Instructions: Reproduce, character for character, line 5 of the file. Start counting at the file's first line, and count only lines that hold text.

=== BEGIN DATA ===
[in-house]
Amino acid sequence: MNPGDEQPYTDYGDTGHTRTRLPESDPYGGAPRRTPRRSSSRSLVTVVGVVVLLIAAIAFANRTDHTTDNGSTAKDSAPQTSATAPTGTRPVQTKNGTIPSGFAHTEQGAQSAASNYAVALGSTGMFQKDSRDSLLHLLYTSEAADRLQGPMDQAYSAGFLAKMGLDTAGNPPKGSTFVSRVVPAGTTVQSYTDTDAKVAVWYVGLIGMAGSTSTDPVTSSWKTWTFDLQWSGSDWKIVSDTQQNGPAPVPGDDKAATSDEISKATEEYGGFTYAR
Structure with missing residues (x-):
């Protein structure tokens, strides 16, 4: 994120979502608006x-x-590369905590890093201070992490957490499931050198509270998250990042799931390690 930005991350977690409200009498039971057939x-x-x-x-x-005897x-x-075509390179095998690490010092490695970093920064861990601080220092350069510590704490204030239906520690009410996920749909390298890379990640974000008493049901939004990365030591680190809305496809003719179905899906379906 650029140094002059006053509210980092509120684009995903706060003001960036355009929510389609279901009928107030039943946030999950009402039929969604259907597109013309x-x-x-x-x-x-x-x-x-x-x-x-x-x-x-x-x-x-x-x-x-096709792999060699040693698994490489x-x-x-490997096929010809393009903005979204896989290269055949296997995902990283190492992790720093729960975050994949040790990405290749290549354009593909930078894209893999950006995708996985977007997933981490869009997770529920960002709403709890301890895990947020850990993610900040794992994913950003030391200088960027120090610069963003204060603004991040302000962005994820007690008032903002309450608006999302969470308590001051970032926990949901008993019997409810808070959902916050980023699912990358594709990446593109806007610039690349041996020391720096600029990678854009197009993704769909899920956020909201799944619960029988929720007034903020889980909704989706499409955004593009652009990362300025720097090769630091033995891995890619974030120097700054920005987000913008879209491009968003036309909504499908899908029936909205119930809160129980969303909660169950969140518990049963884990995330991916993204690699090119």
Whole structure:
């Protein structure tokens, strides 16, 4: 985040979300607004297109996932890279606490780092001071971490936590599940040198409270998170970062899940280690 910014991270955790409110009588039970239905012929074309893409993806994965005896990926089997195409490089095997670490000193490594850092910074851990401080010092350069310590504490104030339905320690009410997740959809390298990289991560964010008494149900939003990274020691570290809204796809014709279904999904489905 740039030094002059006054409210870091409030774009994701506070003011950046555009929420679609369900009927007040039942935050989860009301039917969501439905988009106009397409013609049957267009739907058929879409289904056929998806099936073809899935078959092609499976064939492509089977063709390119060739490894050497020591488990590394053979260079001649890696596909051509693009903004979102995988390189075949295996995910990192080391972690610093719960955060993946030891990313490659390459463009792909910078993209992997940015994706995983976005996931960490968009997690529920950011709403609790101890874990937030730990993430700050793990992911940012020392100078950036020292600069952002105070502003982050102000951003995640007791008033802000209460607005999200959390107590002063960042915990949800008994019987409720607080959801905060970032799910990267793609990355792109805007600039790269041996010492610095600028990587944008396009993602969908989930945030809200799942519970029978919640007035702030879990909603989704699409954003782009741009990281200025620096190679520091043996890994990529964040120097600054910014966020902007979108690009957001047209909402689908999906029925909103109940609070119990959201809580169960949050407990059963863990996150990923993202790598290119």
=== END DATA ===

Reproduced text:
Whole structure: